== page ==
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History and Seerah

Podcast: Five Historic Events That Rocked The World During Ramadan | Dr. Muhammad Wajid Akhter

We all know that Ramadan is the month of fasting, abstinence and reflection. Ramadan also just happens to be a month of awesome history defining events that shaped the world we live in today.

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Dr. Muhammad Wajid Akhter - Doctor, Medical Tutor (Social Media, History & Medicine) - Islamic Historian - Founder of, and current board member to Charity Week for Orphans and needy children. www.charityweek.com - Council member, British Islamic Medical Association

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#Current Affairs

Will The Real Aya Sofia Please Stand Up?

They say history is the biography of great men and women. Well, history is also the story of great buildings. This case is rarely more painfully obvious than when it comes to identity of The Hagia Sophia or Aya Sofia (“the Holy Wisdom”).

Church, Mosque, Museum: the Aya Sofia has lived under many guises over the years and each transformation came hand-in-hand with momentous political change. This year, it was no different.

By reverting to the previous designation of Aya Sofia into a mosque, the Turkish courts have set off a firestorm of controversy across the world. It is understandable that faithful Christians would object. The sense of loss they must feel is the same feeling that many Muslims get when they see the Grand Mosque of Cordoba’s conversion into a cathedral. However, what is confusing is that some Muslims are also conflicted – or even downright hostile – to the idea of the Aya Sofia being used as a mosque.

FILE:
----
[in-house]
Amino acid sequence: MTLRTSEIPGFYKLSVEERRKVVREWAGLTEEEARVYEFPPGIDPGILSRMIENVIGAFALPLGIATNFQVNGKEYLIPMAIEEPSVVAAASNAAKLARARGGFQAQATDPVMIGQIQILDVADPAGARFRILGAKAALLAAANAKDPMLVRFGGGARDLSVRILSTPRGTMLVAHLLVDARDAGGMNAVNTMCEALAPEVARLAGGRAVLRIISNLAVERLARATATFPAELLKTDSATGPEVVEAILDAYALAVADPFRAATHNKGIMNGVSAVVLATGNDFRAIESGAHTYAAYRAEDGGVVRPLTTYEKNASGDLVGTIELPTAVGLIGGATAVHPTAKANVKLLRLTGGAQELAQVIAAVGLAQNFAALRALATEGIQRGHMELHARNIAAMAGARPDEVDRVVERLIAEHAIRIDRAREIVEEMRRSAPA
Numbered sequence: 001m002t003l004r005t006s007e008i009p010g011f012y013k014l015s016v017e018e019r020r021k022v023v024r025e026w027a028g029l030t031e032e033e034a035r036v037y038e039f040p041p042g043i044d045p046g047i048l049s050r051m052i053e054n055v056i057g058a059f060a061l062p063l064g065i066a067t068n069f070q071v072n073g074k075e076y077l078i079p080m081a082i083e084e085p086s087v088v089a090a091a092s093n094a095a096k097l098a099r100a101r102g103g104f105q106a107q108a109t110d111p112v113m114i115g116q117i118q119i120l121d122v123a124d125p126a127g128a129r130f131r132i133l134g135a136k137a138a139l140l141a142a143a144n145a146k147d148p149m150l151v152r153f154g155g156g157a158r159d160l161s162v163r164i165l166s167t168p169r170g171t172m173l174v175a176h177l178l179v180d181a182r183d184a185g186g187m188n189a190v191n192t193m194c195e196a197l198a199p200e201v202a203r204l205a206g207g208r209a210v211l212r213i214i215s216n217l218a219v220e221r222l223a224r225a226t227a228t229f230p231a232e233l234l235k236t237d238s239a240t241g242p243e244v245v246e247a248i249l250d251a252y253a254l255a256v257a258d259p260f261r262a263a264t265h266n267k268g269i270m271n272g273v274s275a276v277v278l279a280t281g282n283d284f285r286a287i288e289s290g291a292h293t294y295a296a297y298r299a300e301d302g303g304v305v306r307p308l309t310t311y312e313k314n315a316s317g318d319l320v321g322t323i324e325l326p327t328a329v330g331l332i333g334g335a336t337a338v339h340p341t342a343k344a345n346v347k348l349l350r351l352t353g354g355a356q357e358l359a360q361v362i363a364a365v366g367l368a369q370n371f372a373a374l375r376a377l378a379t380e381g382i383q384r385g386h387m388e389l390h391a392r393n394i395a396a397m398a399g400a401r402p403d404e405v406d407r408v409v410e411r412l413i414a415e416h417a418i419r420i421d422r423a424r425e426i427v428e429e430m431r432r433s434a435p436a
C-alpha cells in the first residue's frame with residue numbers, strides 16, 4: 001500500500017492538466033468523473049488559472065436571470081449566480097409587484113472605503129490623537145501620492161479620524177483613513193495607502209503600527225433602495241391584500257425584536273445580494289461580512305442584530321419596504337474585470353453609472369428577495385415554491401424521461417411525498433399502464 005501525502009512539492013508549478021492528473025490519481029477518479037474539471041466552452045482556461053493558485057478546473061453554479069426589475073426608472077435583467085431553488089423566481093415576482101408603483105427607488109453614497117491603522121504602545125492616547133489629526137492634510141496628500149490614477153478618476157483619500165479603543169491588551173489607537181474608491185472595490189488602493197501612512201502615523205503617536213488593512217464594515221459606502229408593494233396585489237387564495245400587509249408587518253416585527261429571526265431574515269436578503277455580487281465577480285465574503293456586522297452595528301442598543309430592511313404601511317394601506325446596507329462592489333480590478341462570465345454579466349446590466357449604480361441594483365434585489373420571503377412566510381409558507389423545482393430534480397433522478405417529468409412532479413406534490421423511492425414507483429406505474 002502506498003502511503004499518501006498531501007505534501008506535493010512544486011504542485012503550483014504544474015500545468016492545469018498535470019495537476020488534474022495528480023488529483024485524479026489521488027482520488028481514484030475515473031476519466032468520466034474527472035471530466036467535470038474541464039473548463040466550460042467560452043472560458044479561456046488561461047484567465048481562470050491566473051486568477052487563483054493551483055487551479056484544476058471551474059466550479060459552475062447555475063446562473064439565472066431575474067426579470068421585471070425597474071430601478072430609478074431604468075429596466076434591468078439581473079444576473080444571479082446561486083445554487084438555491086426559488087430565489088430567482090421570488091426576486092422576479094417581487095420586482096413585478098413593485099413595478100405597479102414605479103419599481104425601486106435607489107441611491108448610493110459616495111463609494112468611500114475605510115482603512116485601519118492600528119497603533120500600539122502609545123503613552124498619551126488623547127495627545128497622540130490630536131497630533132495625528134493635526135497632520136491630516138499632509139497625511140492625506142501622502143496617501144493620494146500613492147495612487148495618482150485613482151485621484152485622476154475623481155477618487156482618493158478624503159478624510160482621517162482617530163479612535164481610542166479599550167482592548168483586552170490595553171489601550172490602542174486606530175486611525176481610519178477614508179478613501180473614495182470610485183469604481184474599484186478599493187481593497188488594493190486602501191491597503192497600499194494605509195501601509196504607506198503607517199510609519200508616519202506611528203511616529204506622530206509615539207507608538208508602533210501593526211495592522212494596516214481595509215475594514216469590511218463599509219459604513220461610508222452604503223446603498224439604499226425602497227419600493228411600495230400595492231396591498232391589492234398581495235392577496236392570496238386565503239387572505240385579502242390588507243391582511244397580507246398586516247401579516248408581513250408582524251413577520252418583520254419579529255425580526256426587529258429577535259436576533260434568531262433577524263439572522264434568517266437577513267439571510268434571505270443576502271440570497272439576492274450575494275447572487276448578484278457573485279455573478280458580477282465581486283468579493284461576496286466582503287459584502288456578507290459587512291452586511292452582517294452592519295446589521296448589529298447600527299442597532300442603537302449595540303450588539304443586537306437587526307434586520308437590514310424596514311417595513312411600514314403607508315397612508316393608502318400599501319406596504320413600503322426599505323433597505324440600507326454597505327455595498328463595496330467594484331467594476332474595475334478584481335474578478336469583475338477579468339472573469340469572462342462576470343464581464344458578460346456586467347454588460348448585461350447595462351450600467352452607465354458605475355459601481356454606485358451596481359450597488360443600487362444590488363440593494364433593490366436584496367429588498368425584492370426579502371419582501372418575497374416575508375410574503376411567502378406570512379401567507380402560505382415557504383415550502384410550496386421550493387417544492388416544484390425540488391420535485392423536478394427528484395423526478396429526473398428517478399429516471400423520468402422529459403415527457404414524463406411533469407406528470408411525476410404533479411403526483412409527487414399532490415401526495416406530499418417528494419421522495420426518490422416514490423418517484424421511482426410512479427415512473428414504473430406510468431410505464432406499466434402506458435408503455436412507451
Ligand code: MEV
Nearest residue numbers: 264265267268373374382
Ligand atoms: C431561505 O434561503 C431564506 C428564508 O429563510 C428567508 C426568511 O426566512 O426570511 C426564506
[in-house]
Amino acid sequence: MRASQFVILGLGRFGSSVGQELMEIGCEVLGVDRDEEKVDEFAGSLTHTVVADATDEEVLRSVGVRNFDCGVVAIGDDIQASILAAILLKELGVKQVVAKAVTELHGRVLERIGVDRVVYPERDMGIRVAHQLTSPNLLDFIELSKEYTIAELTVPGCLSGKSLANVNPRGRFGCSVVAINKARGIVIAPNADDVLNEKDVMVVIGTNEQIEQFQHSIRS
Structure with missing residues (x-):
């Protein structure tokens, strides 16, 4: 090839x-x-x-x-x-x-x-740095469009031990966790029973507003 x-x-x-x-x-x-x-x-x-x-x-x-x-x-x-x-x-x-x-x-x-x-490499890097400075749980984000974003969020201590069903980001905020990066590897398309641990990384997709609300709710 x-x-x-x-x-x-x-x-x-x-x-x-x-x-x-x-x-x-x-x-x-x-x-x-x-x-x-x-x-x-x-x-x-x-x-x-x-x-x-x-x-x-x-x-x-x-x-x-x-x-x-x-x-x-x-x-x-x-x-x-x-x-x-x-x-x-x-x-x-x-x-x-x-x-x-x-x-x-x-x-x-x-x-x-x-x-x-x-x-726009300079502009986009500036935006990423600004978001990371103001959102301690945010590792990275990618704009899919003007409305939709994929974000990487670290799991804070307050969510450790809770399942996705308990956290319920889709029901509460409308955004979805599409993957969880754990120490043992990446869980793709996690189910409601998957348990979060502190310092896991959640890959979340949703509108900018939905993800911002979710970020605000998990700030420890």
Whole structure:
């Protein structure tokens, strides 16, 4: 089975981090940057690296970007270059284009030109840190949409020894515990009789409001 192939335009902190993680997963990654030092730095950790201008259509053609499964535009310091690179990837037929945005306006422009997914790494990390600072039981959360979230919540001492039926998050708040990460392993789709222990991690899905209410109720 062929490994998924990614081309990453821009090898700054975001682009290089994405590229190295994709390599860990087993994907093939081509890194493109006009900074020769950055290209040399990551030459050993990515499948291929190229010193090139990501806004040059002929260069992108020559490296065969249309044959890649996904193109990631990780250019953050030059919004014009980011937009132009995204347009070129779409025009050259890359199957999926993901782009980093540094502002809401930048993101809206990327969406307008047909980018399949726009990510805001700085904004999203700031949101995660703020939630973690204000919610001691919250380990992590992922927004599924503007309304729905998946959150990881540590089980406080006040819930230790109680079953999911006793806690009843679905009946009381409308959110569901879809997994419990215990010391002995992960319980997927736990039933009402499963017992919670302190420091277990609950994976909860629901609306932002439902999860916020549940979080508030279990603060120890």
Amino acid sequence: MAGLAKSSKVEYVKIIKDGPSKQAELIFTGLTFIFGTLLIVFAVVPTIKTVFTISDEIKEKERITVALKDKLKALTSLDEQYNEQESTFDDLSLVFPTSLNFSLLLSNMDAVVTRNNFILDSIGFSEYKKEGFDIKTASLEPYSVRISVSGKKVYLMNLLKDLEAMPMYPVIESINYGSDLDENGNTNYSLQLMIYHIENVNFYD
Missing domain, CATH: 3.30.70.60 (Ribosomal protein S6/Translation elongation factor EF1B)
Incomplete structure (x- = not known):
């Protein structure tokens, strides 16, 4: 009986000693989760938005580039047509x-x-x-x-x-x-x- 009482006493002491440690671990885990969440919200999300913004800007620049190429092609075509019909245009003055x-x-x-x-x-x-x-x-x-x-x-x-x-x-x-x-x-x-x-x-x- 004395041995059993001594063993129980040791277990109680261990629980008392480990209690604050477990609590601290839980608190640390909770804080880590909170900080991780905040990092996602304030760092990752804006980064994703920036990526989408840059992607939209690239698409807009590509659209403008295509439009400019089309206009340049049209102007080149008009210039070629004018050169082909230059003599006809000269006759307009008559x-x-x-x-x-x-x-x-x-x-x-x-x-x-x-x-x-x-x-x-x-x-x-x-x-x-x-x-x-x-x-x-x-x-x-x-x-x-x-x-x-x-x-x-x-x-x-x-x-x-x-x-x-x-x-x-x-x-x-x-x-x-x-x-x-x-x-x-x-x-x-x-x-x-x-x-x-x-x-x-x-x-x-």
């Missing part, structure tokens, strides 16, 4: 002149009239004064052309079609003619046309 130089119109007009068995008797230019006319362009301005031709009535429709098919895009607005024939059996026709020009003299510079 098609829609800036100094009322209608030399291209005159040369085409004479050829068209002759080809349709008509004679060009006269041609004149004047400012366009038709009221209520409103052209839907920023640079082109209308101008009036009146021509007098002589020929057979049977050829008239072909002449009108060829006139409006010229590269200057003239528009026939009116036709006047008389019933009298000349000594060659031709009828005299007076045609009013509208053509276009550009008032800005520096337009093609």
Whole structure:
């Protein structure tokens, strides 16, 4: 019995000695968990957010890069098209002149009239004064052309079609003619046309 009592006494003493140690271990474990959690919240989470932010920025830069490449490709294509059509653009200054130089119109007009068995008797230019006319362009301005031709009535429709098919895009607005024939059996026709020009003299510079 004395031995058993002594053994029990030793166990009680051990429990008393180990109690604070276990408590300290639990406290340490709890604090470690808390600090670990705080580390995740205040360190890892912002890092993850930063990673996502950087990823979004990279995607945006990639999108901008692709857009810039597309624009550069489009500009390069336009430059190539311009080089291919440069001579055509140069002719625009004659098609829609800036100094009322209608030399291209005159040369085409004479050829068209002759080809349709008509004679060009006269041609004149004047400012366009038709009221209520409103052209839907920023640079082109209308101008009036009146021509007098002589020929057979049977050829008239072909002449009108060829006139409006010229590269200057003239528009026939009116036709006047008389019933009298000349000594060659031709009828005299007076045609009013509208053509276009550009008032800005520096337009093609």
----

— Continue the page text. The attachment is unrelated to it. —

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Why are they upset? Is there weight to their feeling that this was an act that was against the laws and spirit of Islam? How true is it that this was pure political theatre?

A summary of the arguments are detailed below as each point reveals a great deal about us as Muslims today and our current mentality:

The Vatican – a clear example of Museum and Church buildings in one

1. “It should just remain a museum…”

The Aya Sofia IS remaining a museum. The ruling states and the government echoes that it is a mosque and museum but, unfortunately, if you read the headlines you will be given the impression that the museum is being destroyed. This is not the case.

The world is full of buildings with dual functions. The White House is the seat of government and the residence of the President. The Vatican is a museum, a church and the home of the Pope. St Paul’s Cathedral is a tourist attraction as well as functioning church. If Muslims alone were somehow exempt from the ability to combine museum and mosque in one building, then that would be very strange indeed. Yet that is exactly what opponents of the mosque designation are saying.

What opponents for the reversion of the building are arguing for is not for the preservation of the museum – in fact, it will be more accessible than ever by becoming free and open till the late evening – but for the prevention of worship in a building that was built and intended for that very purpose.

2. “It was illegal to turn it into a mosque in the first place…”

A little knowledge is a dangerous thing: many Muslims quote the example of Umar (R) and his treatment of the Church of The Holy Sepulchre in Jerusalem. In fact, this is the number one excuse used by many so-called Muslim intellectuals who lazily have projected their own biases on to our pious predecessors. They say, not without a little pious sanctimony, that Umar (R) exemplified that Islam is not a triumphalist religion and – though he could have converted the church into a mosque – he chose not to.